The continuous need for addressing special clinical problems of the foot by kinematics measurements, is pushing research towards the design of new or enhanced multi-segment models, as well as extending the availability of reference data for different pathologies and age groups. An established and validated model [10] was here modified to increase its robustness but mainly to provide measures more consistent with clinical definitions and observations, particularly in the field of functional assessment of the pes-planus.

A new anatomical reference frame was established for the hallux, which is now modeled as a three-dimensional segment as to improve the robustness of the calculation relative to 1MPJ rotations. This modification to the original model was made necessary also to overcome mathematical singularities arising in the trigonometric calculation for large rotation angles at this joint, such as those arising in the push-off phase. However, this modification does not permit for axial rotation to be correctly calculated for this joint, rather Do/Pl and Abd/Add can now be estimated in a more reliable way.

MLA angle was calculated in a more clinically meaningful way, with only a minor difference to the original protocol. In relation to its novel definition, which entails the use of the projection of the calcaneus’ posterior marker on the ground, no evident differences in the mean temporal profile was detected in comparison to that recorded using the previous definition [10]. The measured MLA angle in static up-right posture was larger than 180 deg in about 50% of the feet. This was consistent with the clinical observation of reduced arch height across the present population of young participants, for which not-fully-developed and/or low-arched feet are considered to be physiological. In fact, the reduced arch height observed from simple visual inspection, typical in pes-planus, was the main reason for these feet to require further clinical assessment.

The frontal-plane offset angle of the calcaneus with respect to the shank, i.e. the calcaneal varus or valgus orientation, was altered to provide a more anatomical representation of this important clinical parameter. A recent review on current marker-sets for multisegment analysis of foot motion [27] has highlighted how the resultant coordinate system of the hindfoot is tipped slightly in inversion in the RFM. The inconsistency between this calculation and the clinical observation is due to the common anatomical higher position of ST in relation to PT. In other words, a more varus orientation of the hindfoot with respect to the tibia, associated to the definition of the relevant anatomical frames, is in contrast with the typical clinical observation of valgus or neutral calcaneus based on the clinical appearance of the posterior aspect of the calcaneus [21]-[23]. This was explicitly estimated in each participant by adding an additional marker at the base of the calcaneus (HL, Figure 1B) during the static calibration. Preliminary experiments performed by the same authors on a synthetic model of the lower limb have shown that a measurement much closer to the physiological alignment of the calcaneus can indeed be achieved by using the new definition of calcaneal offset. The suggested correction to the RFM resulted in neutral or valgus orientation of the calcaneus for 15 out of 20 feet analyzed, thus 25% of the measurements did not match the clinical valgus or neutral orientation. Such discrepancy may be accounted for by the tibial axis malicious orientation observed in some of the participants. In fact, by measuring the frontal-plane calcaneus orientation with respect the tibial axis, a varus orientation of the calcaneus may be measured in those patients presenting genu valgum, i.e. femur in neutral position and tibia adducted and internally rotated. While calculation of the newly defined offset on a larger and older population cohort may be performed to fully confirm the better matching with the anatomical alignment as observed in-vitro, the authors believe that a more clear definition for the position of the marker at the base of the calcaneus should be sought to achieve greater consistency with the in-vitro measurements and the clinical observation.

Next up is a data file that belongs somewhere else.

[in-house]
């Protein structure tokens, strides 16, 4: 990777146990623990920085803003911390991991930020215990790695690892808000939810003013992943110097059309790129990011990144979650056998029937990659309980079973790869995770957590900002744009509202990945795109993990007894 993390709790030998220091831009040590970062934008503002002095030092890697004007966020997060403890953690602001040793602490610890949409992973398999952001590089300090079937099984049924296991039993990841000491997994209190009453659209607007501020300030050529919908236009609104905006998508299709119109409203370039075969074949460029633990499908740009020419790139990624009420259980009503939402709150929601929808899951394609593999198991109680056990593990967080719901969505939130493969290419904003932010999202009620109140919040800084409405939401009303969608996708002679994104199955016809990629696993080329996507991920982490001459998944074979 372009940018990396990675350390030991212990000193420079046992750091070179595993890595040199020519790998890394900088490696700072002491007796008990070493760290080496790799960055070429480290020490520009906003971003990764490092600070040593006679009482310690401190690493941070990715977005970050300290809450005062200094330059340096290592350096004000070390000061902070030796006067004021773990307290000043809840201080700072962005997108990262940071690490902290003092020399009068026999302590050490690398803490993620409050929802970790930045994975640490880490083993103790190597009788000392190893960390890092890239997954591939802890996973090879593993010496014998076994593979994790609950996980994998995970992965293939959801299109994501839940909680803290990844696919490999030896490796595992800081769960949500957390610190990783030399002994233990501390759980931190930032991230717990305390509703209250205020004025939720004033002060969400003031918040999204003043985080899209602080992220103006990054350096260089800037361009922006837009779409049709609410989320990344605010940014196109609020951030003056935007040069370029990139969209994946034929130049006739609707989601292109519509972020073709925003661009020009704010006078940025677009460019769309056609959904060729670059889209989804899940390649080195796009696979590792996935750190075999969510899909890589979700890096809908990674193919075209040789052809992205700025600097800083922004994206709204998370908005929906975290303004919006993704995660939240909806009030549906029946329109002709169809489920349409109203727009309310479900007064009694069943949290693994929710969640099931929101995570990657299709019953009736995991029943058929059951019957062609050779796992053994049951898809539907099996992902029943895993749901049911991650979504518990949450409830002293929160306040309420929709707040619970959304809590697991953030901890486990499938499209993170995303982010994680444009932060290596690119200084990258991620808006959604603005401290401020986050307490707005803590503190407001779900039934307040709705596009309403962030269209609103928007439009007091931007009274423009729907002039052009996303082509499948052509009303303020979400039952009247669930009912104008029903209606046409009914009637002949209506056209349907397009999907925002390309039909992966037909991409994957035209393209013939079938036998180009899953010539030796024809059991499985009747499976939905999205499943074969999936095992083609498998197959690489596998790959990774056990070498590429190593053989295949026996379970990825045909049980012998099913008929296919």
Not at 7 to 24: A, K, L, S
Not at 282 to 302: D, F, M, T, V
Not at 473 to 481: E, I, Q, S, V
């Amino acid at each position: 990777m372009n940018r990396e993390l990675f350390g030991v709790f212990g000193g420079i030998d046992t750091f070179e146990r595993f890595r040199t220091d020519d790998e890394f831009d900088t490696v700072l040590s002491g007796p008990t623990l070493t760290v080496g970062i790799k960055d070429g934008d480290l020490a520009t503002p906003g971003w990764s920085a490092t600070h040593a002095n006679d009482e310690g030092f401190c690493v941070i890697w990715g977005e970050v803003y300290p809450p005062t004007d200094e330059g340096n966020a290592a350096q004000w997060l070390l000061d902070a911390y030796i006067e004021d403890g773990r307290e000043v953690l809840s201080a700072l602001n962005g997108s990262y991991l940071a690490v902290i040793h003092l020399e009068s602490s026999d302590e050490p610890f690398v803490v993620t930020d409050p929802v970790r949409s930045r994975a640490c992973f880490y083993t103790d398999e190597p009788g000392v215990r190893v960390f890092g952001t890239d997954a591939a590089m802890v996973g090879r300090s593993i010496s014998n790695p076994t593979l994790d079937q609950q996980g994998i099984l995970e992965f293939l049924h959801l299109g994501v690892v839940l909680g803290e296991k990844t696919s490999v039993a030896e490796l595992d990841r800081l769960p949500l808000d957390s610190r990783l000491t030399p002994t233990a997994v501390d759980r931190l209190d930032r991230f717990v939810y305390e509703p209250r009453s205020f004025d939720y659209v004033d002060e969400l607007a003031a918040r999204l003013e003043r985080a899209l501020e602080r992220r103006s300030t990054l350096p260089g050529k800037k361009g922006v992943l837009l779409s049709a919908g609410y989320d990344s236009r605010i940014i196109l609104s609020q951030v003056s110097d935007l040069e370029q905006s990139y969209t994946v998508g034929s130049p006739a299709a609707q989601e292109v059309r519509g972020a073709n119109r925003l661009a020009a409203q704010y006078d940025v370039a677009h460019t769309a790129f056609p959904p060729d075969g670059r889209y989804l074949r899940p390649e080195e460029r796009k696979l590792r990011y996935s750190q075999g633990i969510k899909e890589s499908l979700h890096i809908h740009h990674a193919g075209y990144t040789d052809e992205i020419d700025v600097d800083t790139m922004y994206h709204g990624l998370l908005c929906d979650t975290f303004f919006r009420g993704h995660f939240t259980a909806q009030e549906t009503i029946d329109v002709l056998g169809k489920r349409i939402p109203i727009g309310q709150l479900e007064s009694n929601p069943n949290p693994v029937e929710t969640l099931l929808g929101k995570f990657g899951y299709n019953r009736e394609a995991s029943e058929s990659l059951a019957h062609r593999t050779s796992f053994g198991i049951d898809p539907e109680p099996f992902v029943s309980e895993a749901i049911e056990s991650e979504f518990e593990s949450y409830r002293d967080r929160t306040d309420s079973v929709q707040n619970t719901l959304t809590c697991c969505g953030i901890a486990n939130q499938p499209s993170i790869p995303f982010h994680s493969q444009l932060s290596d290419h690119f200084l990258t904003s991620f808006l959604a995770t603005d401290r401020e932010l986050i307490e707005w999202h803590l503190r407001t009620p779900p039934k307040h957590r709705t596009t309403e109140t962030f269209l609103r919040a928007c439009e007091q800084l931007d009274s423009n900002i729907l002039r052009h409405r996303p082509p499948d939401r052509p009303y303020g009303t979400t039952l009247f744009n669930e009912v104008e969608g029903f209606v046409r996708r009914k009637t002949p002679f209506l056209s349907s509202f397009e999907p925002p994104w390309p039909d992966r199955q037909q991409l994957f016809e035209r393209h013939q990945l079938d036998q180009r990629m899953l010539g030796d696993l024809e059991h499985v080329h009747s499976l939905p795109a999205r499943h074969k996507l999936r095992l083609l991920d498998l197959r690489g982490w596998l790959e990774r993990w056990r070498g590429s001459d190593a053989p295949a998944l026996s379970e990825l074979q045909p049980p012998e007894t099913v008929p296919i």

The present results are in good agreement with established biomechanical knowledge and common clinical observations. In general, the kinematic patterns reported here are consistent with those reported in other studies that used the marker-set and the definitions from Leardini et al. [10], i.e. [2],[11]-[16],[18],[28]. With the exception of one additional marker on the calcaneus, these adjustments enhanced the original protocol with no significant alterations to the marker-set, to the biomechanical model, and to the overall time required by the data collection and analysis. In conclusion, the present study reports improvements of a previous protocol for multi-segment foot kinematics, and provides a useful reference kinematic dataset for the whole gait cycle, which may be employed in clinically-oriented analyses of younger participants.